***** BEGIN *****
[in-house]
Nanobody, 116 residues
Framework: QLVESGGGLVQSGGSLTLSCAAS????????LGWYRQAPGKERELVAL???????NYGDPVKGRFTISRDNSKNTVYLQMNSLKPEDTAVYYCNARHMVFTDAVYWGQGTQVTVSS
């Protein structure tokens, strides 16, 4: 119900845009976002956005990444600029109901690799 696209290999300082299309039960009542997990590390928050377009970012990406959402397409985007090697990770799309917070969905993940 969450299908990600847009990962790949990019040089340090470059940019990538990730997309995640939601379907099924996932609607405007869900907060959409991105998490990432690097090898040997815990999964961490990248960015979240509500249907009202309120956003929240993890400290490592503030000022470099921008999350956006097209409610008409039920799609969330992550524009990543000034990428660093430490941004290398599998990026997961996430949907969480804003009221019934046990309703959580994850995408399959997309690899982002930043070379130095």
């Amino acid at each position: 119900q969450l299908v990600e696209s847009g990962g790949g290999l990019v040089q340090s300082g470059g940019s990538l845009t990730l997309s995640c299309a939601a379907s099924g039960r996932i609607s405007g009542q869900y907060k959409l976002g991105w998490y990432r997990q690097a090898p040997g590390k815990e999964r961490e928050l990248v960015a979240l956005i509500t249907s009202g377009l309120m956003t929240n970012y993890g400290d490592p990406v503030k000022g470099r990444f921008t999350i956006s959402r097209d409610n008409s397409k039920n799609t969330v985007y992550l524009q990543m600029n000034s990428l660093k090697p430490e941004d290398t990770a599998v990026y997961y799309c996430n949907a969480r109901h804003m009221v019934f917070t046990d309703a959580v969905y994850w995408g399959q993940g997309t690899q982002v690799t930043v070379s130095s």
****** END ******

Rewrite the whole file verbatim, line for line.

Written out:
[in-house]
Nanobody, 116 residues
Framework: QLVESGGGLVQSGGSLTLSCAAS????????LGWYRQAPGKERELVAL???????NYGDPVKGRFTISRDNSKNTVYLQMNSLKPEDTAVYYCNARHMVFTDAVYWGQGTQVTVSS
């Protein structure tokens, strides 16, 4: 119900845009976002956005990444600029109901690799 696209290999300082299309039960009542997990590390928050377009970012990406959402397409985007090697990770799309917070969905993940 969450299908990600847009990962790949990019040089340090470059940019990538990730997309995640939601379907099924996932609607405007869900907060959409991105998490990432690097090898040997815990999964961490990248960015979240509500249907009202309120956003929240993890400290490592503030000022470099921008999350956006097209409610008409039920799609969330992550524009990543000034990428660093430490941004290398599998990026997961996430949907969480804003009221019934046990309703959580994850995408399959997309690899982002930043070379130095």
């Amino acid at each position: 119900q969450l299908v990600e696209s847009g990962g790949g290999l990019v040089q340090s300082g470059g940019s990538l845009t990730l997309s995640c299309a939601a379907s099924g039960r996932i609607s405007g009542q869900y907060k959409l976002g991105w998490y990432r997990q690097a090898p040997g590390k815990e999964r961490e928050l990248v960015a979240l956005i509500t249907s009202g377009l309120m956003t929240n970012y993890g400290d490592p990406v503030k000022g470099r990444f921008t999350i956006s959402r097209d409610n008409s397409k039920n799609t969330v985007y992550l524009q990543m600029n000034s990428l660093k090697p430490e941004d290398t990770a599998v990026y997961y799309c996430n949907a969480r109901h804003m009221v019934f917070t046990d309703a959580v969905y994850w995408g399959q993940g997309t690899q982002v690799t930043v070379s130095s």